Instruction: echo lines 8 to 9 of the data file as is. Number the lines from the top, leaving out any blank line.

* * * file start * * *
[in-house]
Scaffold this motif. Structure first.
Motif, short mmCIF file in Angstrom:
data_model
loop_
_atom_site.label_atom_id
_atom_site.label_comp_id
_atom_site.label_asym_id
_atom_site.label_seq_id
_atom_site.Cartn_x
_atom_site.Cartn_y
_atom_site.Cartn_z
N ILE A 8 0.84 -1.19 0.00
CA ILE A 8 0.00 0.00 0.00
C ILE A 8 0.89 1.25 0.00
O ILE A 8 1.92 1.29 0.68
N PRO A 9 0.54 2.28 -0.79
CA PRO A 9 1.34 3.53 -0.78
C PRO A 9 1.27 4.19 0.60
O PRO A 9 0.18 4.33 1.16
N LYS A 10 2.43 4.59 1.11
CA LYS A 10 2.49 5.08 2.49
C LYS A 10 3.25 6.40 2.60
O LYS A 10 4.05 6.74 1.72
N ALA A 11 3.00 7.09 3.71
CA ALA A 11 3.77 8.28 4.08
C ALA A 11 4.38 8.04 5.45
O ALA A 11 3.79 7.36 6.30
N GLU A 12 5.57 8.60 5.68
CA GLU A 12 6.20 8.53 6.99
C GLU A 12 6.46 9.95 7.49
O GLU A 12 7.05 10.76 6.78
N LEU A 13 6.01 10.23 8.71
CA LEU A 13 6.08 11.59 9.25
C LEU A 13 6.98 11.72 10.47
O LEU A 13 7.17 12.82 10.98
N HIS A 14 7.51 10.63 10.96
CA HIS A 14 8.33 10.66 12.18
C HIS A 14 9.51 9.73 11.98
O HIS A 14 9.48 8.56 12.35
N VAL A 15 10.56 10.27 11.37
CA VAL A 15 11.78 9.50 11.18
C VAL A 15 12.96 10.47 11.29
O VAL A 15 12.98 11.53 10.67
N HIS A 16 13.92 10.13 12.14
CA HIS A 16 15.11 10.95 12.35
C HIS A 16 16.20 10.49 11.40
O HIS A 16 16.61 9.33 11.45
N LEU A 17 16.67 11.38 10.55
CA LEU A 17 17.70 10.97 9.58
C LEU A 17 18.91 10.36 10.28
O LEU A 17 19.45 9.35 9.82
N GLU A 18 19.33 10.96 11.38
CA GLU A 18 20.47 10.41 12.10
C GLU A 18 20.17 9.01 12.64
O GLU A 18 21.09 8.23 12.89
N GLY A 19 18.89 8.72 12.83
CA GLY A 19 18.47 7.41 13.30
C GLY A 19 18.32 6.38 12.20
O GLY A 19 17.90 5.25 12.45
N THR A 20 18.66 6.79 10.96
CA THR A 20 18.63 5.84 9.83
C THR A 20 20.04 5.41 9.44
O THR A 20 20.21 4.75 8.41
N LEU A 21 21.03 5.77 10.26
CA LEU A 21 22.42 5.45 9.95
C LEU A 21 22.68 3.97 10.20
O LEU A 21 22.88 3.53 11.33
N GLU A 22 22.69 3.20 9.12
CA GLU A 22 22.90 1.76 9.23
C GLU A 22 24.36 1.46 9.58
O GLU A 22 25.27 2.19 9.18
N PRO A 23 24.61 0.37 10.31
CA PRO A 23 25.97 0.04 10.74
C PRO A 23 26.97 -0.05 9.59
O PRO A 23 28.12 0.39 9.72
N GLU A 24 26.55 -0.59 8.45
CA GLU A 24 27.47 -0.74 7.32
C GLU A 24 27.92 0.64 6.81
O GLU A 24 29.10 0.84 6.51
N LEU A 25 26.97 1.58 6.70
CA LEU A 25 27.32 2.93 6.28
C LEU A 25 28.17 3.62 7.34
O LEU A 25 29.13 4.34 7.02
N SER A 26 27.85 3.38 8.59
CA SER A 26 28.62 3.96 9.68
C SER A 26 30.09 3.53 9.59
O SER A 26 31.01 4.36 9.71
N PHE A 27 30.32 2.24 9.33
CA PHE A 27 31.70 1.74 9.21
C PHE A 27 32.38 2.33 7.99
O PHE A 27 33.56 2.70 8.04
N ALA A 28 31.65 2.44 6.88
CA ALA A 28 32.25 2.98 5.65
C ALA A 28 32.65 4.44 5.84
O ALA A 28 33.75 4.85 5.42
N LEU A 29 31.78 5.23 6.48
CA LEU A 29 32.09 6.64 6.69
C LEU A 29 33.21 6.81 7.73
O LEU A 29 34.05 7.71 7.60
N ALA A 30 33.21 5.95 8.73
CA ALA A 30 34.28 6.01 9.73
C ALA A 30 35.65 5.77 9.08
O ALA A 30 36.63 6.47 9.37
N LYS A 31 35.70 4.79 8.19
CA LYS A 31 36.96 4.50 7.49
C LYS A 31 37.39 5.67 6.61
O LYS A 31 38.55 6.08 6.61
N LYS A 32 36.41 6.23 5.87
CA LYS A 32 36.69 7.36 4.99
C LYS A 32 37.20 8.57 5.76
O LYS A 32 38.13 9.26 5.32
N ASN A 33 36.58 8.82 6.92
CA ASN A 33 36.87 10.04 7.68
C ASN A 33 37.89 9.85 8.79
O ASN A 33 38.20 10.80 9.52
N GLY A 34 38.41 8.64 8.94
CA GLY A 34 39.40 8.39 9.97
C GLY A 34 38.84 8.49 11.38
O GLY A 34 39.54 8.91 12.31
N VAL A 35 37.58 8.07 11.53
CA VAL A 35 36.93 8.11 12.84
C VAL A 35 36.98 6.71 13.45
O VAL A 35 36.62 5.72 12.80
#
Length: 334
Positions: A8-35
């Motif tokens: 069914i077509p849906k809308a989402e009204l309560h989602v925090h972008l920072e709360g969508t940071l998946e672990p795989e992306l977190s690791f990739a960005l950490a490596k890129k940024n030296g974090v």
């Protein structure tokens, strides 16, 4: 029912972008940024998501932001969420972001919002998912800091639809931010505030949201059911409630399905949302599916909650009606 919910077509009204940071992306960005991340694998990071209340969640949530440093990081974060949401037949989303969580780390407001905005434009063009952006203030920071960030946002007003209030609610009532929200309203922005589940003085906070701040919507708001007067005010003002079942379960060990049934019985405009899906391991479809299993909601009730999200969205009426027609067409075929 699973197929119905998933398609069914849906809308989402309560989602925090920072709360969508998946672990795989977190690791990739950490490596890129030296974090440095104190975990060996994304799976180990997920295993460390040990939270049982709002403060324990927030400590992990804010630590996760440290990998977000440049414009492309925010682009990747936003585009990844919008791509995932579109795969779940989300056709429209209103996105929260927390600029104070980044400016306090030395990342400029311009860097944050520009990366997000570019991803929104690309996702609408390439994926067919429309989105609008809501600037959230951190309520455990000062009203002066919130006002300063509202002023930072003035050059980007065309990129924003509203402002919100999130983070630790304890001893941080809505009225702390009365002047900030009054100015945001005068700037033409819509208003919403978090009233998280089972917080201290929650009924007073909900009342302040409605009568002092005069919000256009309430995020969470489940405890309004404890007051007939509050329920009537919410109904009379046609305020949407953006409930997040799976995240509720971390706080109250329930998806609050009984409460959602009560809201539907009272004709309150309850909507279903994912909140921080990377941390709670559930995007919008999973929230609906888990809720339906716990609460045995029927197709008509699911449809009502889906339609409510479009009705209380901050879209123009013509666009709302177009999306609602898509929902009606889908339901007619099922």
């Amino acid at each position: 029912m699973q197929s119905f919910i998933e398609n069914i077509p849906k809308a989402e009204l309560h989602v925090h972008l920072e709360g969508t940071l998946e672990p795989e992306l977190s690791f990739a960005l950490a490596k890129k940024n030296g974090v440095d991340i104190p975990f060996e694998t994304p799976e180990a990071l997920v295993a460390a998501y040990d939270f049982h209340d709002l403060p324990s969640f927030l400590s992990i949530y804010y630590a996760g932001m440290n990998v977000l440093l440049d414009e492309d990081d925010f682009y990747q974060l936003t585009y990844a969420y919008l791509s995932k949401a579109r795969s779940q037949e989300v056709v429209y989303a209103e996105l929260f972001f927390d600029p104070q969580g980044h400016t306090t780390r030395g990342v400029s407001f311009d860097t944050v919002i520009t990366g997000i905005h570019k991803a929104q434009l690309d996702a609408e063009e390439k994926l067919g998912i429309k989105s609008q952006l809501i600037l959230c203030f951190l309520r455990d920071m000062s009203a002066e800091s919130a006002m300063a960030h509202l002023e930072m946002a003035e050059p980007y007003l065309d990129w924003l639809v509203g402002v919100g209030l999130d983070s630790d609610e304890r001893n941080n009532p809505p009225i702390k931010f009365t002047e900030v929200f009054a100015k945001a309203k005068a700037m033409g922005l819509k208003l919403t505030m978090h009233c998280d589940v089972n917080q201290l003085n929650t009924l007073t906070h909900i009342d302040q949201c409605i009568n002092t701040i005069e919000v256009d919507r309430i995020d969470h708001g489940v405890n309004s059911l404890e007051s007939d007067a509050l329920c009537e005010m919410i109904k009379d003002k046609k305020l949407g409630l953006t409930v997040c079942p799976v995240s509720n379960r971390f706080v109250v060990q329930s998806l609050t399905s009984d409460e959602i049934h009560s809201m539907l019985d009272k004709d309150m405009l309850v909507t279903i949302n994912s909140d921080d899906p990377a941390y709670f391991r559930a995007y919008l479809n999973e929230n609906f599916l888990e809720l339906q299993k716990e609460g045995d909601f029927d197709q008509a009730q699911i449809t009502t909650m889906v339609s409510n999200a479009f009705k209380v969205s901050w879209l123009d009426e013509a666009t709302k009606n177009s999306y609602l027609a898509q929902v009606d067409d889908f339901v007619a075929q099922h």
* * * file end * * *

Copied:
_atom_site.label_asym_id
_atom_site.label_seq_id